Six Sigma

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Oper Manag Res (2009) 2:44–55 DOI 10.1007/s12063-009-0020-8

Six Sigma failures: An escalation model
Satya S. Chakravorty

Received: 20 May 2009 / Revised: 13 August 2009 / Accepted: 17 August 2009 / Published online: 28 August 2009 # Springer Science + Business Media, LLC 2009

Abstract Despite the pervasiveness of Six Sigma programs, there is rising concern regarding the failure of many Six Sigma programs. One explanation for many Six Sigma failures could be escalation of commitment. Escalation of commitment refers to the propensity of decision-makers to continue investing in a failing course of action. Many researchers have applied escalation of commitment to explain the behavior of individuals, groups, companies, and nations. Using the escalation of commitment model (Staw and Ross 1987a; Ross and Staw Acad. Manag. J. 36:701–732 1993) as a basis, this research describes a Six Sigma failure in an electrical components company. In documenting this failure, this research contributes in two ways, both in the practice and in the theory of Six Sigma. First, while examining the Six Sigma failure, this research uncovers important factors for successful implementation, which should improve the practice of Six Sigma. Second, academic research (e.g., Schroeder et al. J. Oper. Manag, 26:536–554 2008; Zu et al. J. Oper. Manag, 26:630–650 2008) is engaged in uncovering the definition of Six Sigma, and its differences from other improvement programs. This research provides a new direction to academic research and has the potential to impact the theory of Six Sigma. Keywords Six Sigma . Process improvement . Escalation theory

At an early stage of the U.S involvement in the Vietnam War, George Ball, then Undersecretary of State, wrote the following in a memo to President Johnson:“ The decision you face now is critical. Once large numbers of U.S. troops are committed to direct combat, they will begin to take heavy casualties in a war they are ill equipped to fight in a noncooperative if not downright hostile countryside. Once we suffer large casualties, we will have started a well-nigh irreversible process. Our involvement will be so great that we cannot– without national humiliation– stop short of achieving our complete objectives. Of the two possibilities, I think humiliation would be more likely than the achievement of our objectives — even after we have paid terrible costs.” - Staw (1981)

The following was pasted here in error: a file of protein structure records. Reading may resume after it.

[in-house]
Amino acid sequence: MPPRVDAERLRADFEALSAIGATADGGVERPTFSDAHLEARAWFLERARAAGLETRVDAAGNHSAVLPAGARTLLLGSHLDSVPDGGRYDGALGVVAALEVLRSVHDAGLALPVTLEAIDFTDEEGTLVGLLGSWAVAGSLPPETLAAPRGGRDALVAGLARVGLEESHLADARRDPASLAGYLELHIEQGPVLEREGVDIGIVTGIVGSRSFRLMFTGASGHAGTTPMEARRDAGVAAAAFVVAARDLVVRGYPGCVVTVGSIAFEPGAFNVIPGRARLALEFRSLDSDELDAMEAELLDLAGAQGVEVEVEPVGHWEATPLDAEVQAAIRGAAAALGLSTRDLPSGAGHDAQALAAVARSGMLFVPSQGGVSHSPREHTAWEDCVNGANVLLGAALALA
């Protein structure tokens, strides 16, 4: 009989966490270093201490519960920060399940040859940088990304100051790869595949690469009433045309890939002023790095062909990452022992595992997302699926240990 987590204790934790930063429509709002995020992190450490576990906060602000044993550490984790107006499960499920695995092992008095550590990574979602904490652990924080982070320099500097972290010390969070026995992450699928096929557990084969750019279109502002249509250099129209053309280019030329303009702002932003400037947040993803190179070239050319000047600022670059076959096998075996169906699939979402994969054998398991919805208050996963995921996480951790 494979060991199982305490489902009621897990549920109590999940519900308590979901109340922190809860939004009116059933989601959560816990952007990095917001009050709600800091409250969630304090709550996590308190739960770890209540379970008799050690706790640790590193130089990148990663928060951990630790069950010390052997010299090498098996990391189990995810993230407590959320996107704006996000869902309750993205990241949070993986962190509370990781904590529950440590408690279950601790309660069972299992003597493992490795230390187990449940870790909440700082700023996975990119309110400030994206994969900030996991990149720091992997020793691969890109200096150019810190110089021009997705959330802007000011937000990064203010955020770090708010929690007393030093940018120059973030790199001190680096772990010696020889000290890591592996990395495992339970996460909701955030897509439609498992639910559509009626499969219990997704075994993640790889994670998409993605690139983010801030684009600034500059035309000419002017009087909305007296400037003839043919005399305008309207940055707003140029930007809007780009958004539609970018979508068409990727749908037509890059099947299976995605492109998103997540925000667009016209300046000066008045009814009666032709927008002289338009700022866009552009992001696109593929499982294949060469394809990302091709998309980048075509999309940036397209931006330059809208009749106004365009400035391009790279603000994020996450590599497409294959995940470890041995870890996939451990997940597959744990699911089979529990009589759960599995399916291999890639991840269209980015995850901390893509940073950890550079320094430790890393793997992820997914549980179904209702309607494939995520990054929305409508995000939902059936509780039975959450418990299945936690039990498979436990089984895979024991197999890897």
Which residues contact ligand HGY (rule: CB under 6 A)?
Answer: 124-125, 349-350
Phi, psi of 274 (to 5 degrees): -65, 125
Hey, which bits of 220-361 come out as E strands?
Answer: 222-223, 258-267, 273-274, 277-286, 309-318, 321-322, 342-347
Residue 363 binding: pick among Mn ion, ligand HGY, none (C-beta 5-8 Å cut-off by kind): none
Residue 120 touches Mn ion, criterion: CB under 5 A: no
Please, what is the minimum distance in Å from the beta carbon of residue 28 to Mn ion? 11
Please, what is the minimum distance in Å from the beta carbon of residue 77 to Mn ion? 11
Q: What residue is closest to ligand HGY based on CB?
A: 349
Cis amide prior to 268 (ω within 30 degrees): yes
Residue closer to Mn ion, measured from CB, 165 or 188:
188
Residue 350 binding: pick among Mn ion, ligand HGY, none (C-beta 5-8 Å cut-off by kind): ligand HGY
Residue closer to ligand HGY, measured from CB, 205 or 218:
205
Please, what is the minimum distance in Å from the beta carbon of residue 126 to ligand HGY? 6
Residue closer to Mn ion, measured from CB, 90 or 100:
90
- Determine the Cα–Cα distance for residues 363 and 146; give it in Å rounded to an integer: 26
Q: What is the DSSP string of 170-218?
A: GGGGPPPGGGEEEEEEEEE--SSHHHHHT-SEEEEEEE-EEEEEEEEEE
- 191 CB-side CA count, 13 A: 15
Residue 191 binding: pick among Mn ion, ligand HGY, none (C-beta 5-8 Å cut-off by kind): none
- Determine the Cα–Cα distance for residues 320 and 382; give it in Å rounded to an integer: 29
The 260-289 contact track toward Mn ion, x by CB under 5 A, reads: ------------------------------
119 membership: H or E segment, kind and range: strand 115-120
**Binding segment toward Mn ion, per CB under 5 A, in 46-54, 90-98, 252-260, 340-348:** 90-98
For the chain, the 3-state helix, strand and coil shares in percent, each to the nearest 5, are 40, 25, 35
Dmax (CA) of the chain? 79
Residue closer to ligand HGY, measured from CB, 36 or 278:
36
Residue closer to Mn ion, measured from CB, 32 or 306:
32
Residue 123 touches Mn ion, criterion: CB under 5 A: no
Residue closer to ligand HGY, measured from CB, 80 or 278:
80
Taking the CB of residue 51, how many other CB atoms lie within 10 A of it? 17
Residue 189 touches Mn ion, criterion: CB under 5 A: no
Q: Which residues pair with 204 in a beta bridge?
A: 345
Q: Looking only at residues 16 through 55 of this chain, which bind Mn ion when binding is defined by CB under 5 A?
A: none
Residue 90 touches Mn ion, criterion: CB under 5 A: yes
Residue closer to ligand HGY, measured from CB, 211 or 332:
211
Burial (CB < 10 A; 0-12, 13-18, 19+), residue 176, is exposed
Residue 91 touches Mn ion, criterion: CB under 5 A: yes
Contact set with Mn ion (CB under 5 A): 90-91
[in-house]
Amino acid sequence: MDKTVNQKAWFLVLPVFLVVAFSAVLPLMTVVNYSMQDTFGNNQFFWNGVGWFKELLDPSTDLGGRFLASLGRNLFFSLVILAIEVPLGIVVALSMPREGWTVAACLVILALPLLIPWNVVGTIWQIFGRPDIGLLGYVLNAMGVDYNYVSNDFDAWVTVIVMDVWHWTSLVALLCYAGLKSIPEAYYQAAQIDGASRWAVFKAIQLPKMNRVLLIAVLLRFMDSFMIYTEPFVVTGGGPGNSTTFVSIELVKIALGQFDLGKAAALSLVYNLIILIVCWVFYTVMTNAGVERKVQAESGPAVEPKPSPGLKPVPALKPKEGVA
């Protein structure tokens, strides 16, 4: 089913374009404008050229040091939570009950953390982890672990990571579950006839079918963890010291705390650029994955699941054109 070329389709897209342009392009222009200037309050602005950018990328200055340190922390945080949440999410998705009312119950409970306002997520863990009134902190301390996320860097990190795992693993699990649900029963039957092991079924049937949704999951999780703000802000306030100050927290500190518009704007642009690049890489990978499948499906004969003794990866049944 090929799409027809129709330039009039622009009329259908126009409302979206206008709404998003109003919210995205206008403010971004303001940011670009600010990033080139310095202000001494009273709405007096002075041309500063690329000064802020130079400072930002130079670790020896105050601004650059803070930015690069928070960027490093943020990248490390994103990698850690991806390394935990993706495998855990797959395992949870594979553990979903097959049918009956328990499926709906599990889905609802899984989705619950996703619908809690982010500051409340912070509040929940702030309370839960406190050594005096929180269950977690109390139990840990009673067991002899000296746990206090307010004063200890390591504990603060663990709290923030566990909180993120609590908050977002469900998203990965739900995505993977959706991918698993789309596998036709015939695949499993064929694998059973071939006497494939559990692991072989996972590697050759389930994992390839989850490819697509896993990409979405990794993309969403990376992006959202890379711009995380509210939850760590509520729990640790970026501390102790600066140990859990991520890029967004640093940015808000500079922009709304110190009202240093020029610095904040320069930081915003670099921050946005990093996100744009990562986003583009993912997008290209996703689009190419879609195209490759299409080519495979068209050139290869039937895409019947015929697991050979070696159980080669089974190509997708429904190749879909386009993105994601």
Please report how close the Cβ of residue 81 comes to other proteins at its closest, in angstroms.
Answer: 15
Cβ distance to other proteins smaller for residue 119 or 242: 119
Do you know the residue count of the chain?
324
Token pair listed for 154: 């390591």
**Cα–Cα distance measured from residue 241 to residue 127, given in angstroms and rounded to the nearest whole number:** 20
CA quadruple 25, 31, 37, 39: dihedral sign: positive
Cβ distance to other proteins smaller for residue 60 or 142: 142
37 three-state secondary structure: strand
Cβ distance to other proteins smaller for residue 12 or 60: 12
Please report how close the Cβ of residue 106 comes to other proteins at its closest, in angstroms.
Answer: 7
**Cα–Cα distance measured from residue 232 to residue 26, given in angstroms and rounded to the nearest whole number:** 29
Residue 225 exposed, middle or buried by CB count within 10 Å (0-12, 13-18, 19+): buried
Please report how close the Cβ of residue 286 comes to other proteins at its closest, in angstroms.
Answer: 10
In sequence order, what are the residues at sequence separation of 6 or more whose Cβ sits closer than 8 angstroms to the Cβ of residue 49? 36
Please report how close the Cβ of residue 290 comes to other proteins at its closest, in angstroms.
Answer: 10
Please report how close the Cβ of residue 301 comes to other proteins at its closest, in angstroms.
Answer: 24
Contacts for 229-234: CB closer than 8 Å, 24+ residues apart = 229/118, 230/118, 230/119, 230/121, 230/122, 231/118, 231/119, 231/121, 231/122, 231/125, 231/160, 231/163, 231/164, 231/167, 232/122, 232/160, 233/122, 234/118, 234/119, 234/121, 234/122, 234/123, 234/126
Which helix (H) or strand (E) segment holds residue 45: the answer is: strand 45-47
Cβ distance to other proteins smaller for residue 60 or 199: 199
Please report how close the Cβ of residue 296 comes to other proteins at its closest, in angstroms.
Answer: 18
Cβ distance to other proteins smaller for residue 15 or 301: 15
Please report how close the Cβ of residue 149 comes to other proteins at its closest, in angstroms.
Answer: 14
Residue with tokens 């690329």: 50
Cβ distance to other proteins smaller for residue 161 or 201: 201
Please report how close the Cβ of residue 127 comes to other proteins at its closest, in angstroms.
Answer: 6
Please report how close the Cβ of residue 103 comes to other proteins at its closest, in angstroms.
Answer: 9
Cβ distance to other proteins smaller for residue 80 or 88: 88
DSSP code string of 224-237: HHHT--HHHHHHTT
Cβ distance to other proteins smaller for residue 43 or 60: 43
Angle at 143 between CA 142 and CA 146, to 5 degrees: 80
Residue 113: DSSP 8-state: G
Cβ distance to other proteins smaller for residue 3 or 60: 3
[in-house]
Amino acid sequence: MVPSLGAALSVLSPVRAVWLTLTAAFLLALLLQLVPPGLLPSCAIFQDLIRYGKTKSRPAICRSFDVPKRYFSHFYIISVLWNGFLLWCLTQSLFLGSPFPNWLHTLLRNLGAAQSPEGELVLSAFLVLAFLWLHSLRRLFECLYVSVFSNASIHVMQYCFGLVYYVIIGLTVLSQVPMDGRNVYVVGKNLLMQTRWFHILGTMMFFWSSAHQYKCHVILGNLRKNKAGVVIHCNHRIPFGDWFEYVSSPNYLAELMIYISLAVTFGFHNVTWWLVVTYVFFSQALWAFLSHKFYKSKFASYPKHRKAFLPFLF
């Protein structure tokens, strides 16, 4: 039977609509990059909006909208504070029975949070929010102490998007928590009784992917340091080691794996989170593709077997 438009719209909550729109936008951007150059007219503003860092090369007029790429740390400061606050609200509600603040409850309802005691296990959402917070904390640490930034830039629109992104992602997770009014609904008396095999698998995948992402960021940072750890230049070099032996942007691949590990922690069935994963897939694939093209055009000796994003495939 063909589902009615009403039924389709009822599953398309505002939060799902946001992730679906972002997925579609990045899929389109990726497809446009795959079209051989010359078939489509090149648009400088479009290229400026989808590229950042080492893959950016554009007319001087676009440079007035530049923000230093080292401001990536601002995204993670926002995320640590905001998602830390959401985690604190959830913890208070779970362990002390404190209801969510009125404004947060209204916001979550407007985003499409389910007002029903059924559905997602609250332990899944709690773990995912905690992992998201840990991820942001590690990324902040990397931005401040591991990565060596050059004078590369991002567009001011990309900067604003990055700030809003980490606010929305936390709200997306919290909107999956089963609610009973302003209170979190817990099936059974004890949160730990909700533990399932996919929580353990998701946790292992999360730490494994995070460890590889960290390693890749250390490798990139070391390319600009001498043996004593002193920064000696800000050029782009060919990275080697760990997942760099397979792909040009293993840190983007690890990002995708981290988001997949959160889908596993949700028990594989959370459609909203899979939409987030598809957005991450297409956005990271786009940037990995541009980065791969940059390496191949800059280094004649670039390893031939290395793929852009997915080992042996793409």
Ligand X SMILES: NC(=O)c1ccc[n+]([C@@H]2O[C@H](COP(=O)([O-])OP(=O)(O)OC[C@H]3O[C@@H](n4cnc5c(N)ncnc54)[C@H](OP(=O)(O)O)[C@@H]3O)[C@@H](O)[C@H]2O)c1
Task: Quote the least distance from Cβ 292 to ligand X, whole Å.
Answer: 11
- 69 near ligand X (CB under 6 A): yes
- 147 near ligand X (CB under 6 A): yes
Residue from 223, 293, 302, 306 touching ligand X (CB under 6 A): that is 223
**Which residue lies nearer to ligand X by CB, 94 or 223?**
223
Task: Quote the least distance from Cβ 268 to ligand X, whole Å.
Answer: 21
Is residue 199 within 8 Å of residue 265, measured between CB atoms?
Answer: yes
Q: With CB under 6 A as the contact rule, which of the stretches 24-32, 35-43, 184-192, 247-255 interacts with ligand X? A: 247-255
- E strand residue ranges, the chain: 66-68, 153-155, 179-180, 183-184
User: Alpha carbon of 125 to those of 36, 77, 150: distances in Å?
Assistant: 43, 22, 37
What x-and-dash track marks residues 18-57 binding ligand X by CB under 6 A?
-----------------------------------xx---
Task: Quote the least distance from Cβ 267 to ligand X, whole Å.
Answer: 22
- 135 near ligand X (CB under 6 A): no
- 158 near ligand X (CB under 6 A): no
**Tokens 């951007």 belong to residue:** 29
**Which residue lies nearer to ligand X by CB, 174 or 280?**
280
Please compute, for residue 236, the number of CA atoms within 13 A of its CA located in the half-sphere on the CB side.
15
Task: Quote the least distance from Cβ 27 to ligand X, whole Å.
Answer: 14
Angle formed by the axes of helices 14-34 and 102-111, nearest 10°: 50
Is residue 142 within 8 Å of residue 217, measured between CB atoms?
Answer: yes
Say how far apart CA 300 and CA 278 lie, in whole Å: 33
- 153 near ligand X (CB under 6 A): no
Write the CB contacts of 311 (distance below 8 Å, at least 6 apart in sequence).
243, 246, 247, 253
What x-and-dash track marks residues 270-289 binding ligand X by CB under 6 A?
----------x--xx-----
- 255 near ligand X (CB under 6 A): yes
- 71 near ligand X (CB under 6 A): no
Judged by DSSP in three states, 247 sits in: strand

1 Introduction Despite the immense popularity and the wide spread adoption of Six Sigma, there is a rising concern regarding the failures of Six Sigma programs. Zimmerman and Weiss (2005) claimed that less than 50% of the survey respondents from aerospace companies were satisfied with its Six Sigma programs. Mullavey (2005) reported many difficulties in implementing Six Sigma programs. Berg (2006) reported that their Six Sigma program was expensive and did not yield results. Concerned about Six Sigma’s problems, Sutton (2006) described nine ways to get the best out of Six Sigma programs. A national survey of healthcare companies revealed that 54% do not intend to embrace Six Sigma programs (Feng and Manuel 2007). Both 3M and Home Depot abandoned their Six Sigma

S. S. Chakravorty (*) Department of Management and Entrepreneurship, Michael J. Coles College of Business, Kennesaw State University, 1000 Chastain Rd., Kennesaw, GA 30144-5591, USA e-mail:

Six Sigma failures: An escalation model


programs due to negative impact on their employees or customer satisfaction (Hindo 2007; Hindo and Grow 2007). Foster (2007, p. 19) reported that “the benefits of Six Sigma may be marginal.” According to Gupta (2008, p.22), at times, Six Sigma “… improvement programs cost more than the improvement they drive….” Angel and Pritchard (2008, p.5) reported that “nearly 60% of all corporate Six Sigma initiatives fail to yield the desired results…” In short, we lack an understanding of how and why so many Six Sigma...
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